The re-election last week of Donald Tsang as Hong Kongâ€™s chief executive was not a surprise, given Beijingâ€™s control over the vote. What has turned out to be surprising is how Tsang was officially challenged for his job by a pro-democracy candidate with no backing from the mainland who managed to get 123 of 796 votes. Such a challenge should send an important signal to Tsang and to Beijing: Ten years after the British handed over the islands to the Chinese it is time to bring universal suffrage to Hong Kong. Hong Kongâ€™s constitution calls for the â€œultimate aimâ€ of one person one vote in elections for the chief executive and the local legislature. The document, the Basic Law, also holds that open voting should be achieved in a â€œgradual and orderlyâ€ fashion. To Chinese authorities, ultimate and gradual seem to have become excuses to keep pushing universal suffrage to the horizon. The poll offered some signs of hope. Even though he was a sure thing Tsang participated in two debates with Alan Leong, his opponent.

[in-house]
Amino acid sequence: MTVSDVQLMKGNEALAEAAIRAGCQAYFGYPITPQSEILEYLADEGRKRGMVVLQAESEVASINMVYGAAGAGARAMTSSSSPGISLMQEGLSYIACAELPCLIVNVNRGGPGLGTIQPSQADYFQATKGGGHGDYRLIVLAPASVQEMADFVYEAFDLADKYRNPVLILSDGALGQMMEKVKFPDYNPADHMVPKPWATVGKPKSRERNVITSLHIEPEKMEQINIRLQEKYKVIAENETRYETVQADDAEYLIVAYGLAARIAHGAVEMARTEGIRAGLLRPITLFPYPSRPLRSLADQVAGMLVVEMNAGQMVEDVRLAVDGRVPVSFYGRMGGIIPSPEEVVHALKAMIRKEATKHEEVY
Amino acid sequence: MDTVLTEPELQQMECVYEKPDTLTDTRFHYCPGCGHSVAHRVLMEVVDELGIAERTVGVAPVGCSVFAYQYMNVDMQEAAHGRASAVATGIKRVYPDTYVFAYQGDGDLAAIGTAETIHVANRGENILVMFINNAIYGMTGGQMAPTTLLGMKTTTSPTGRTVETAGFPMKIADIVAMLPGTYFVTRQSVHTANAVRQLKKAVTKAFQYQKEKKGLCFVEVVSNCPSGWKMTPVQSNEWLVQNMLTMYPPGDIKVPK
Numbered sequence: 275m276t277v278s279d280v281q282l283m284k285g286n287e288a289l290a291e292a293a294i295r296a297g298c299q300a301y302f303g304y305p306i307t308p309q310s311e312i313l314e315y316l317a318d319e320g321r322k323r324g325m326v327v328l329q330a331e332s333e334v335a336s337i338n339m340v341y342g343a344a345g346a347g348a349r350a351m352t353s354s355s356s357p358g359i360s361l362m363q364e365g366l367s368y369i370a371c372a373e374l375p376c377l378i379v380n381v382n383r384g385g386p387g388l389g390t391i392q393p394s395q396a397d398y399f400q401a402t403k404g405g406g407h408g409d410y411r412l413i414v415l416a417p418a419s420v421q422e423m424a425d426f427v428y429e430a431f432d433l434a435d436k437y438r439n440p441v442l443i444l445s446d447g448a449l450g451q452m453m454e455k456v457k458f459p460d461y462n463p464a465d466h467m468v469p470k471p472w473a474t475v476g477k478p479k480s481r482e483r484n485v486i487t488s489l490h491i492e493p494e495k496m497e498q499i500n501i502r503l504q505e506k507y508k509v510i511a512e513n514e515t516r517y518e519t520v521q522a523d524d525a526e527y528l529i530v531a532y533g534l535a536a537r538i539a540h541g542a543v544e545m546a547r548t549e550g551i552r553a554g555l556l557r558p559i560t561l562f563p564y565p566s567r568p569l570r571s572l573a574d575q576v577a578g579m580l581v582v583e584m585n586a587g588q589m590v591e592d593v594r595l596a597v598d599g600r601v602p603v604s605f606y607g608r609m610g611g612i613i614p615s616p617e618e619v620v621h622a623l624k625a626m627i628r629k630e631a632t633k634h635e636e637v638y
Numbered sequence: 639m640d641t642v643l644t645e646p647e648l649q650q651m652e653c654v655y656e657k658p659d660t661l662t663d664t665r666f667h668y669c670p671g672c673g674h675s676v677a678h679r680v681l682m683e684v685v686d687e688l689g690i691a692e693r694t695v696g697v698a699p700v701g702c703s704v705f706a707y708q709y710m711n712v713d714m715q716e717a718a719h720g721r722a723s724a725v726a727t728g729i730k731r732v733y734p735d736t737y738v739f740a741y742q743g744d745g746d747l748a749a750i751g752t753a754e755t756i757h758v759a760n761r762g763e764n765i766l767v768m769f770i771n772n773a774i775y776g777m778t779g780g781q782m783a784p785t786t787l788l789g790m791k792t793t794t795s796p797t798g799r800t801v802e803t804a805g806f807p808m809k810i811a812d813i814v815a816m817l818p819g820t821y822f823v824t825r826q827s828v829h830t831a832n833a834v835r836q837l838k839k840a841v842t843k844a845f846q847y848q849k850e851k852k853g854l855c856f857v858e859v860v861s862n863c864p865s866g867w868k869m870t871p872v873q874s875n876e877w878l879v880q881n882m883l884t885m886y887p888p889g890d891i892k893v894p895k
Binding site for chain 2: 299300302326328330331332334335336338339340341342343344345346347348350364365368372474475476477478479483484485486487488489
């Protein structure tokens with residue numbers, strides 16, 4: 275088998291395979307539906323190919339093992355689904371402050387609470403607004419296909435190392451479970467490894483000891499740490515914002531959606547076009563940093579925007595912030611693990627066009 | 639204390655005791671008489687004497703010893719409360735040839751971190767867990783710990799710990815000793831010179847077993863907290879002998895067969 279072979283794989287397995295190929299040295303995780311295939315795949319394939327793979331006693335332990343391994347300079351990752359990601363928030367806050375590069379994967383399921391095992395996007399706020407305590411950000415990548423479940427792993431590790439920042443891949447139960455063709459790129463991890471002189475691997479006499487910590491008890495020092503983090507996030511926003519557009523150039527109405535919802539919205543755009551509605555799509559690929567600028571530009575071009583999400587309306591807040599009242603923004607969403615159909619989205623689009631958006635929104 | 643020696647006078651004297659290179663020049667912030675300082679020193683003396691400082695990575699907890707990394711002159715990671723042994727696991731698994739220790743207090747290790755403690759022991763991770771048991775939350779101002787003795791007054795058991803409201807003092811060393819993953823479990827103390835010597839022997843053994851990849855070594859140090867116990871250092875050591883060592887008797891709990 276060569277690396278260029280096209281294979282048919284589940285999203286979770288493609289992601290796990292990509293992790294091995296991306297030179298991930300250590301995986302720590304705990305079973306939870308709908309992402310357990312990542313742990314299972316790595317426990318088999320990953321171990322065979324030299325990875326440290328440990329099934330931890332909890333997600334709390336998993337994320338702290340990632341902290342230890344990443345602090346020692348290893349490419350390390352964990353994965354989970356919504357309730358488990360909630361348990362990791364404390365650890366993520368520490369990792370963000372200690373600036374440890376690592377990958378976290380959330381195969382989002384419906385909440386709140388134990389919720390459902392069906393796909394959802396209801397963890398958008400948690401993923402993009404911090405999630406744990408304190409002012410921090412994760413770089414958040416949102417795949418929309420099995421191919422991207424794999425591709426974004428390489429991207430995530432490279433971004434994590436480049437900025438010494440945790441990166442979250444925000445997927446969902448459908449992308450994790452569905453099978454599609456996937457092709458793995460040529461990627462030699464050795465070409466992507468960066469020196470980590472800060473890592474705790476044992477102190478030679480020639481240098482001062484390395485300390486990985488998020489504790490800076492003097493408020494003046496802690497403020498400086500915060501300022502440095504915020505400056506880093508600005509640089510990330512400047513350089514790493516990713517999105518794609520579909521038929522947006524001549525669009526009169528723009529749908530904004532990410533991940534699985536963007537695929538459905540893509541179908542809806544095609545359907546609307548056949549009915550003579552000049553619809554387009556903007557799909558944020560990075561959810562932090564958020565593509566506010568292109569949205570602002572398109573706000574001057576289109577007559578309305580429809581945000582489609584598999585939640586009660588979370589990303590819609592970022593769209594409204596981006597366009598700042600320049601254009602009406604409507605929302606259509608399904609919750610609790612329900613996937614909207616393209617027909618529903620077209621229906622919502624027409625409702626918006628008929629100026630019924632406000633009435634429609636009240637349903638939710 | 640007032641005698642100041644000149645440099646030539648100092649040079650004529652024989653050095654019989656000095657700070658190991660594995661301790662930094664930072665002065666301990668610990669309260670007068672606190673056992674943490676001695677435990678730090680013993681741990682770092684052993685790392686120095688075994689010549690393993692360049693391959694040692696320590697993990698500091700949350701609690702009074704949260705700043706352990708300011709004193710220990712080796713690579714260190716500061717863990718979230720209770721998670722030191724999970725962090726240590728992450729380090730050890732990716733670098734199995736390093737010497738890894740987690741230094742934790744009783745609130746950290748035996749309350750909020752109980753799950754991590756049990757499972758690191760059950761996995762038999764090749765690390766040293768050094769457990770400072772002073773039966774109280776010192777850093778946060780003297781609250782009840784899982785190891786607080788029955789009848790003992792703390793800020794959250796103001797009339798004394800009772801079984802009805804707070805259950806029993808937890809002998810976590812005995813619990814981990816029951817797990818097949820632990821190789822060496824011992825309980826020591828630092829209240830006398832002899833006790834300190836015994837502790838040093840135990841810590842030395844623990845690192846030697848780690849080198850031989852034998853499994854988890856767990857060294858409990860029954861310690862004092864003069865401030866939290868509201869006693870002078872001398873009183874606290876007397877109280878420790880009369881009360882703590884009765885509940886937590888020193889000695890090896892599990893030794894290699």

Hong Kong stands as a very public model of whether China can make good on its promise to the world 10 years ago of â€œone country, two systems.â€ Hong Kong still has the feel of a free society compared with China. But it will not be a separate system unless residents gain their right to vote.